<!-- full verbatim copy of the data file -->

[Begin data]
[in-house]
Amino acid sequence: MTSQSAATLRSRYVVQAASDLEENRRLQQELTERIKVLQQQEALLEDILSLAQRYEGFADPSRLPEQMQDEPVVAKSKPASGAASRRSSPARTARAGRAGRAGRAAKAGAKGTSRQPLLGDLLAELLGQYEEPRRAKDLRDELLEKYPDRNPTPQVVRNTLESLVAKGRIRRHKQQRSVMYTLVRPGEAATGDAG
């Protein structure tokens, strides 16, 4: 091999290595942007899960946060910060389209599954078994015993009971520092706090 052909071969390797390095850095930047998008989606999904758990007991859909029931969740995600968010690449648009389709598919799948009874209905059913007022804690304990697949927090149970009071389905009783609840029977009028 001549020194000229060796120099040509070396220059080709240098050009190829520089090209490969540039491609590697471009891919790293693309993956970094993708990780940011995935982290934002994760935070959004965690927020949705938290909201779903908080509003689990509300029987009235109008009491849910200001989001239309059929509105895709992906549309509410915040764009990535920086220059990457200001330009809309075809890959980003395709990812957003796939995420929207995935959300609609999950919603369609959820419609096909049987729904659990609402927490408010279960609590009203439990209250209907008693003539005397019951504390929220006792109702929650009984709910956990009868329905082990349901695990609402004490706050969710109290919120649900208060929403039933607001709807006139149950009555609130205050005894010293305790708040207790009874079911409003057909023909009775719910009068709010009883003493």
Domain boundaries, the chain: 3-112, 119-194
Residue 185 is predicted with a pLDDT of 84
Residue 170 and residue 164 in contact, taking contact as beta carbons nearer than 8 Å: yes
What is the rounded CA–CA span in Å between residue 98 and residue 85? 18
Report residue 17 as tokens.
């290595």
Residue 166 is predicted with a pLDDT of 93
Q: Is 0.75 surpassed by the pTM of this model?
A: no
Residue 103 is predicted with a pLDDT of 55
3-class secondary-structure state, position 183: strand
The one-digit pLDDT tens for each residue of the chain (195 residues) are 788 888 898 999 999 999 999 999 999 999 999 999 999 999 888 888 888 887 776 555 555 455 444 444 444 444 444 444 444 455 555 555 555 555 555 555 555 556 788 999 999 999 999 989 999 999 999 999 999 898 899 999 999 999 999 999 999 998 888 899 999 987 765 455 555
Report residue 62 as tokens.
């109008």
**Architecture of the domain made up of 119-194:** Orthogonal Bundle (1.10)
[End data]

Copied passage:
[in-house]
Amino acid sequence: MTSQSAATLRSRYVVQAASDLEENRRLQQELTERIKVLQQQEALLEDILSLAQRYEGFADPSRLPEQMQDEPVVAKSKPASGAASRRSSPARTARAGRAGRAGRAAKAGAKGTSRQPLLGDLLAELLGQYEEPRRAKDLRDELLEKYPDRNPTPQVVRNTLESLVAKGRIRRHKQQRSVMYTLVRPGEAATGDAG
């Protein structure tokens, strides 16, 4: 091999290595942007899960946060910060389209599954078994015993009971520092706090 052909071969390797390095850095930047998008989606999904758990007991859909029931969740995600968010690449648009389709598919799948009874209905059913007022804690304990697949927090149970009071389905009783609840029977009028 001549020194000229060796120099040509070396220059080709240098050009190829520089090209490969540039491609590697471009891919790293693309993956970094993708990780940011995935982290934002994760935070959004965690927020949705938290909201779903908080509003689990509300029987009235109008009491849910200001989001239309059929509105895709992906549309509410915040764009990535920086220059990457200001330009809309075809890959980003395709990812957003796939995420929207995935959300609609999950919603369609959820419609096909049987729904659990609402927490408010279960609590009203439990209250209907008693003539005397019951504390929220006792109702929650009984709910956990009868329905082990349901695990609402004490706050969710109290919120649900208060929403039933607001709807006139149950009555609130205050005894010293305790708040207790009874079911409003057909023909009775719910009068709010009883003493």
Domain boundaries, the chain: 3-112, 119-194
Residue 185 is predicted with a pLDDT of 84
Residue 170 and residue 164 in contact, taking contact as beta carbons nearer than 8 Å: yes
What is the rounded CA–CA span in Å between residue 98 and residue 85? 18
Report residue 17 as tokens.
């290595």
Residue 166 is predicted with a pLDDT of 93
Q: Is 0.75 surpassed by the pTM of this model?
A: no
Residue 103 is predicted with a pLDDT of 55
3-class secondary-structure state, position 183: strand
The one-digit pLDDT tens for each residue of the chain (195 residues) are 788 888 898 999 999 999 999 999 999 999 999 999 999 999 888 888 888 887 776 555 555 455 444 444 444 444 444 444 444 455 555 555 555 555 555 555 555 556 788 999 999 999 999 989 999 999 999 999 999 898 899 999 999 999 999 999 999 998 888 899 999 987 765 455 555
Report residue 62 as tokens.
């109008």
**Architecture of the domain made up of 119-194:** Orthogonal Bundle (1.10)